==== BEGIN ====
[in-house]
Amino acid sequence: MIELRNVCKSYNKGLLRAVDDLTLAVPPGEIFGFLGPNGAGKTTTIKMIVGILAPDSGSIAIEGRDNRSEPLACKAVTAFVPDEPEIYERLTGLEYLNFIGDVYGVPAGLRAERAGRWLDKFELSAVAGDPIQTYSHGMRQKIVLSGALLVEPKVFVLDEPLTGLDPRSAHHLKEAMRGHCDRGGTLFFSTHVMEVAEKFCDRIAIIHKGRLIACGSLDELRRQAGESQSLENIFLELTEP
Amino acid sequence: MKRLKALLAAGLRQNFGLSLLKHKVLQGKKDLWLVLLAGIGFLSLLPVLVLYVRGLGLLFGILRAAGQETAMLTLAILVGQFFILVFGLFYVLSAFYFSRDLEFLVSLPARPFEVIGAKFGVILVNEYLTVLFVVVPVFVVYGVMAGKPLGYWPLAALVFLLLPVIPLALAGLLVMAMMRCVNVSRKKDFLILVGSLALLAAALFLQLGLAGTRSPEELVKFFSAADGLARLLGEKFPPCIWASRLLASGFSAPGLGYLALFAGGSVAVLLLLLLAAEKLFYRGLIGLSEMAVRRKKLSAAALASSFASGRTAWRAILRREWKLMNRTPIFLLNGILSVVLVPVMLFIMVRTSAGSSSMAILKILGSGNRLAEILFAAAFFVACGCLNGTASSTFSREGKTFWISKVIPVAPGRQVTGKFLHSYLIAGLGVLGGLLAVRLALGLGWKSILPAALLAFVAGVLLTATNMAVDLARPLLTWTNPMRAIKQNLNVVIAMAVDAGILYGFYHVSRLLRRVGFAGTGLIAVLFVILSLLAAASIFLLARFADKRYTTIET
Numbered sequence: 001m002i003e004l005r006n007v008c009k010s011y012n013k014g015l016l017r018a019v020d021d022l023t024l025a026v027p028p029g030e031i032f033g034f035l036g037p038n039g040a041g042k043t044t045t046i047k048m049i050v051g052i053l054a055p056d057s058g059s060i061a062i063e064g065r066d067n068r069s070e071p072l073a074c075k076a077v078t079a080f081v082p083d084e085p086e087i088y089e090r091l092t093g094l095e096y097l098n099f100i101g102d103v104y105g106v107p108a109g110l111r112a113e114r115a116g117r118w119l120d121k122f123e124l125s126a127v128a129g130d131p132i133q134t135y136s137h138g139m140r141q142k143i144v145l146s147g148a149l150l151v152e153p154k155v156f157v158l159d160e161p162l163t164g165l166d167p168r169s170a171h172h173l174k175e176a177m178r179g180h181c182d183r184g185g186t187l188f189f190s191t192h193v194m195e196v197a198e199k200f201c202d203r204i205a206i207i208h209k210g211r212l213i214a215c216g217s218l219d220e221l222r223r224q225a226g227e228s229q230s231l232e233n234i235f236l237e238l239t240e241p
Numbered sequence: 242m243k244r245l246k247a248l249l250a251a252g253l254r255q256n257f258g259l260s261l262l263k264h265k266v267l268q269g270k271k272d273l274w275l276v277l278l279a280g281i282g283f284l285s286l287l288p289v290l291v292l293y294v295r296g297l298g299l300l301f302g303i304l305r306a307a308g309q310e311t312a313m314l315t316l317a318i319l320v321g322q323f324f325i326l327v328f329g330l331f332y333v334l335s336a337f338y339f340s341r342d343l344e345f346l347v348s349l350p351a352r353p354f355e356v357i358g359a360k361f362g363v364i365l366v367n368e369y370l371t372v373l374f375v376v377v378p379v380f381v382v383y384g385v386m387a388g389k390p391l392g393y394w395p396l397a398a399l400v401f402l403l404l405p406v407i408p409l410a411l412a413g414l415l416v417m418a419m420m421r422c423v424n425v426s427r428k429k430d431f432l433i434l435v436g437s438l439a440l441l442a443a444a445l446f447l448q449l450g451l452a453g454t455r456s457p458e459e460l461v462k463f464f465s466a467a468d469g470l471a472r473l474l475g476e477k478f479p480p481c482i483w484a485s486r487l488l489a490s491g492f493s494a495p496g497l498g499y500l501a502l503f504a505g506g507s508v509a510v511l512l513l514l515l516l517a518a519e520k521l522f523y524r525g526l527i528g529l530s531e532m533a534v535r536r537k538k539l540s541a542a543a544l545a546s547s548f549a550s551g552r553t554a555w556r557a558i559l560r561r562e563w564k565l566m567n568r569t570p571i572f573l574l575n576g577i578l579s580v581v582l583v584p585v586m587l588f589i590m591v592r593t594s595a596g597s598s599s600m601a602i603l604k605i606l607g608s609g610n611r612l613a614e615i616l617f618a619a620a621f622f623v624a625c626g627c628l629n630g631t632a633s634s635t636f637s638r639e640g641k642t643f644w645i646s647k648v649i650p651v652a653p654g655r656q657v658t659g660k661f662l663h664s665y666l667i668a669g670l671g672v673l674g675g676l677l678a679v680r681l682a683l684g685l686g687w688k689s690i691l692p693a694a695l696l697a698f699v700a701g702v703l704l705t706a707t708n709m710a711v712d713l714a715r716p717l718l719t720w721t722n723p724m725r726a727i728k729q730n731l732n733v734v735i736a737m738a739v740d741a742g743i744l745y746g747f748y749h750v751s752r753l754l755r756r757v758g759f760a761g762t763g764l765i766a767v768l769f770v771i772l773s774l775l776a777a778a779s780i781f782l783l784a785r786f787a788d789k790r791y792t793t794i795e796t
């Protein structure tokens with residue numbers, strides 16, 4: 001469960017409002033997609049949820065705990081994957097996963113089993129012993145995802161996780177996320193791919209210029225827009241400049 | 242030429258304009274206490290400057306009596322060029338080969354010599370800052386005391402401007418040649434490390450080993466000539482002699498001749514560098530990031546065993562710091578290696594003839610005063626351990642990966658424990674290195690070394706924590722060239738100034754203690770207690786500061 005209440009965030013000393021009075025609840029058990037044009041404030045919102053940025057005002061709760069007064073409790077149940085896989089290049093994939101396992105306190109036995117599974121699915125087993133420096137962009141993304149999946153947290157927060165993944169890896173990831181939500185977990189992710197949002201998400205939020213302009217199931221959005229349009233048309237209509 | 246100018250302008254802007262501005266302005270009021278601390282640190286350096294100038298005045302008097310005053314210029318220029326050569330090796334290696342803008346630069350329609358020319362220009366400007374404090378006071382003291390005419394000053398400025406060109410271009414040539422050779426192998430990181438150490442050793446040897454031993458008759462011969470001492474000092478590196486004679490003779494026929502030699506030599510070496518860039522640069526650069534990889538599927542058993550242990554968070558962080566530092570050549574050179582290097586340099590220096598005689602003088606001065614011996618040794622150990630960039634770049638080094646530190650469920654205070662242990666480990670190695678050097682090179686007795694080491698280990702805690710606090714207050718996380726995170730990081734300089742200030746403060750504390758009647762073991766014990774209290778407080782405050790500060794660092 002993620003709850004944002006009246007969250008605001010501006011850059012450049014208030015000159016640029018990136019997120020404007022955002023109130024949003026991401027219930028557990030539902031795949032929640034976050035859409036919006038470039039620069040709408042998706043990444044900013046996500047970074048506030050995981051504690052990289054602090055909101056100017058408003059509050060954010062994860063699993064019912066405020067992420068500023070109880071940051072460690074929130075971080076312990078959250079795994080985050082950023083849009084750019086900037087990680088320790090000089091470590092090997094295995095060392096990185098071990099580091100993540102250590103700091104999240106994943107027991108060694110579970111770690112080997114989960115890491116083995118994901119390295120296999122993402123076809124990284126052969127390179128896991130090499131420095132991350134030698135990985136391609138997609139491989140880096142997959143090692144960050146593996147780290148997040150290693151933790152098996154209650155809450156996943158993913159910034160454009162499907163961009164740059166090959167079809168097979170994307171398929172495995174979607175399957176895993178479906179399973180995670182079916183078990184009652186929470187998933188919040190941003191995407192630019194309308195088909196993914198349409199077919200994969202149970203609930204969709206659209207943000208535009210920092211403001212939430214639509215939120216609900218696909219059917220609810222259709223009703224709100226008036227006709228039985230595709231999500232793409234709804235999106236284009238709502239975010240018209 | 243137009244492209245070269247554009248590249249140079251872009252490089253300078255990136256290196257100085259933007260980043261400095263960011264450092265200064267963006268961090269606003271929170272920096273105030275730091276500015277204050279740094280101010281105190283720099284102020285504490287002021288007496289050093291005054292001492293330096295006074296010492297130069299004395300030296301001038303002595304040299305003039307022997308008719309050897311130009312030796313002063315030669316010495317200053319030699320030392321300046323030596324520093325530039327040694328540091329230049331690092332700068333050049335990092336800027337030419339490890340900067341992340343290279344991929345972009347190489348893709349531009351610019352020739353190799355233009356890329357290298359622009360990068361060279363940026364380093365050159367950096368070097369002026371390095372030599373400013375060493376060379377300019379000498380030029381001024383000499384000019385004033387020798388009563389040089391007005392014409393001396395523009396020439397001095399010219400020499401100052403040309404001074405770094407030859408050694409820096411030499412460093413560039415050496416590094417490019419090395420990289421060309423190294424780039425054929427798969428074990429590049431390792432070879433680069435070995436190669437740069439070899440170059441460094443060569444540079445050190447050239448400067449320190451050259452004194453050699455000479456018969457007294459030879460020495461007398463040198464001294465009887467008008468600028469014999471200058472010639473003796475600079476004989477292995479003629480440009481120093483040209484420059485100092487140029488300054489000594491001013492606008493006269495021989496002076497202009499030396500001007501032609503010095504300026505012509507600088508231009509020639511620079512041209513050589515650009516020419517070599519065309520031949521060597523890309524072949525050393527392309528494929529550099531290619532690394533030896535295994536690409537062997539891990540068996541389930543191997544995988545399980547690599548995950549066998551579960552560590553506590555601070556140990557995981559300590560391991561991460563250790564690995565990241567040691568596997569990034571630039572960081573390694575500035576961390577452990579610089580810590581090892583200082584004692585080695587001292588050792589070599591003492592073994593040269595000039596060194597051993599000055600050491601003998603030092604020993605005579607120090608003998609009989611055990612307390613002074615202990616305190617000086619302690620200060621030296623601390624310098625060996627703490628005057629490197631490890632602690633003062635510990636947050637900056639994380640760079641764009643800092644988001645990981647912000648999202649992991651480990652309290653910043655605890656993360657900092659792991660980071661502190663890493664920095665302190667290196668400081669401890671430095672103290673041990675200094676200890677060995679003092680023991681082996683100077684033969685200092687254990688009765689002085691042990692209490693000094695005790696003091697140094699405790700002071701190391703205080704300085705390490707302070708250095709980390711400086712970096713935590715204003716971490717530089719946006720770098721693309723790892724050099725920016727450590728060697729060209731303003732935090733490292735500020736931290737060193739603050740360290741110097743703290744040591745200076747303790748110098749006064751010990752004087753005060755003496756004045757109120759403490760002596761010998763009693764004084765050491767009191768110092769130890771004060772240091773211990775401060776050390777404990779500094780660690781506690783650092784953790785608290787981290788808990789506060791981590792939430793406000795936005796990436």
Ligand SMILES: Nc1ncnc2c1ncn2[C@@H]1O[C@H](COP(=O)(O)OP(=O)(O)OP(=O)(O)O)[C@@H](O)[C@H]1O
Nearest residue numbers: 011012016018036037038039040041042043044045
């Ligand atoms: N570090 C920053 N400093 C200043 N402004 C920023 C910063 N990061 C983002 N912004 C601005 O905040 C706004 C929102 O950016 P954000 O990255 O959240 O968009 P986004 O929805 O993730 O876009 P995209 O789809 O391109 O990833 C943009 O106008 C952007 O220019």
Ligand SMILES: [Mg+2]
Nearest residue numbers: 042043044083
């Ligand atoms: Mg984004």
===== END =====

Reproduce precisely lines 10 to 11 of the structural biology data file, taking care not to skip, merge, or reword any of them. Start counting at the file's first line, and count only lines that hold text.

Ligand SMILES: [Mg+2]
Nearest residue numbers: 042043044083